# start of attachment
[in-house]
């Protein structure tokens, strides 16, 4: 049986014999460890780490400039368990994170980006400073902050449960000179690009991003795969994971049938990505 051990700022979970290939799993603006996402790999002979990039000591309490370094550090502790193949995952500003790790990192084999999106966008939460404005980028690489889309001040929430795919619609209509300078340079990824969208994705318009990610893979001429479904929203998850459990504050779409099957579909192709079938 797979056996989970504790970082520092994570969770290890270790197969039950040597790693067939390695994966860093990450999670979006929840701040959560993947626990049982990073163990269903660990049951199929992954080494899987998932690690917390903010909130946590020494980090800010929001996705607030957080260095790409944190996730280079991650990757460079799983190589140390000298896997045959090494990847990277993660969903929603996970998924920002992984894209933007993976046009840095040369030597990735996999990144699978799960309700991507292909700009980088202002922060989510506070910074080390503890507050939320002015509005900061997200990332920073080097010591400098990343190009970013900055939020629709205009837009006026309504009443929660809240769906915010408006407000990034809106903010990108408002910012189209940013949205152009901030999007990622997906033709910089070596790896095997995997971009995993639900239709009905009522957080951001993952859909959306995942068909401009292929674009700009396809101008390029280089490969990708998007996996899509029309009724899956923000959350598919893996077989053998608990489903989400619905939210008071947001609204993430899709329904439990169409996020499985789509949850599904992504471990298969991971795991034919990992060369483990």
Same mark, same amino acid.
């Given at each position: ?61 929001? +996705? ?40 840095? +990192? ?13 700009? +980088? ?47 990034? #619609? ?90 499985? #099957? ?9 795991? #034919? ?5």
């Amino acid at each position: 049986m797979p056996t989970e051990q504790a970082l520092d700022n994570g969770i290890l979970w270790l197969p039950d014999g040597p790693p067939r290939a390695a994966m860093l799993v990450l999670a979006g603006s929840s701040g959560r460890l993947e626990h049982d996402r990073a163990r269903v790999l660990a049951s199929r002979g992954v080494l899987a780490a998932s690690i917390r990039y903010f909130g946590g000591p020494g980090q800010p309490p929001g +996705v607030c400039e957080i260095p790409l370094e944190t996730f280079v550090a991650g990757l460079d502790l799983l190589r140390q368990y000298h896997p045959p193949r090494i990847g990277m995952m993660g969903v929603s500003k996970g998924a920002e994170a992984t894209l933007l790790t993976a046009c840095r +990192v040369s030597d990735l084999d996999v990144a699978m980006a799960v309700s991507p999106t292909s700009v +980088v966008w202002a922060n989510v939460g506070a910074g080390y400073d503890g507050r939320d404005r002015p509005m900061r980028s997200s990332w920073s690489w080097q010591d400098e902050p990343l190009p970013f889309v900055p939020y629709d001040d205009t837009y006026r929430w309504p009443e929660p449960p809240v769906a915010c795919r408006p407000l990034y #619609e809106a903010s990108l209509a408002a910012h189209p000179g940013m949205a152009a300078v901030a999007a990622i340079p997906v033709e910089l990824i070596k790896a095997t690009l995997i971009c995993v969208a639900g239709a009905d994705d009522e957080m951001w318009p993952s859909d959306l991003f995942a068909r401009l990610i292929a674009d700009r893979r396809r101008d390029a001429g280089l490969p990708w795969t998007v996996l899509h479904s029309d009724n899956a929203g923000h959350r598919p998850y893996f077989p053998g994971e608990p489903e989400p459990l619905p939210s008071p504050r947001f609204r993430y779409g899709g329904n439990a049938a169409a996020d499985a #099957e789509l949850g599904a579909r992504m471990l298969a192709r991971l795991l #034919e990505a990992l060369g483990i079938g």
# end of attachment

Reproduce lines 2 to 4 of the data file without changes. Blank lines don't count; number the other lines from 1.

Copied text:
């Protein structure tokens, strides 16, 4: 049986014999460890780490400039368990994170980006400073902050449960000179690009991003795969994971049938990505 051990700022979970290939799993603006996402790999002979990039000591309490370094550090502790193949995952500003790790990192084999999106966008939460404005980028690489889309001040929430795919619609209509300078340079990824969208994705318009990610893979001429479904929203998850459990504050779409099957579909192709079938 797979056996989970504790970082520092994570969770290890270790197969039950040597790693067939390695994966860093990450999670979006929840701040959560993947626990049982990073163990269903660990049951199929992954080494899987998932690690917390903010909130946590020494980090800010929001996705607030957080260095790409944190996730280079991650990757460079799983190589140390000298896997045959090494990847990277993660969903929603996970998924920002992984894209933007993976046009840095040369030597990735996999990144699978799960309700991507292909700009980088202002922060989510506070910074080390503890507050939320002015509005900061997200990332920073080097010591400098990343190009970013900055939020629709205009837009006026309504009443929660809240769906915010408006407000990034809106903010990108408002910012189209940013949205152009901030999007990622997906033709910089070596790896095997995997971009995993639900239709009905009522957080951001993952859909959306995942068909401009292929674009700009396809101008390029280089490969990708998007996996899509029309009724899956923000959350598919893996077989053998608990489903989400619905939210008071947001609204993430899709329904439990169409996020499985789509949850599904992504471990298969991971795991034919990992060369483990």
Same mark, same amino acid.
């Given at each position: ?61 929001? +996705? ?40 840095? +990192? ?13 700009? +980088? ?47 990034? #619609? ?90 499985? #099957? ?9 795991? #034919? ?5």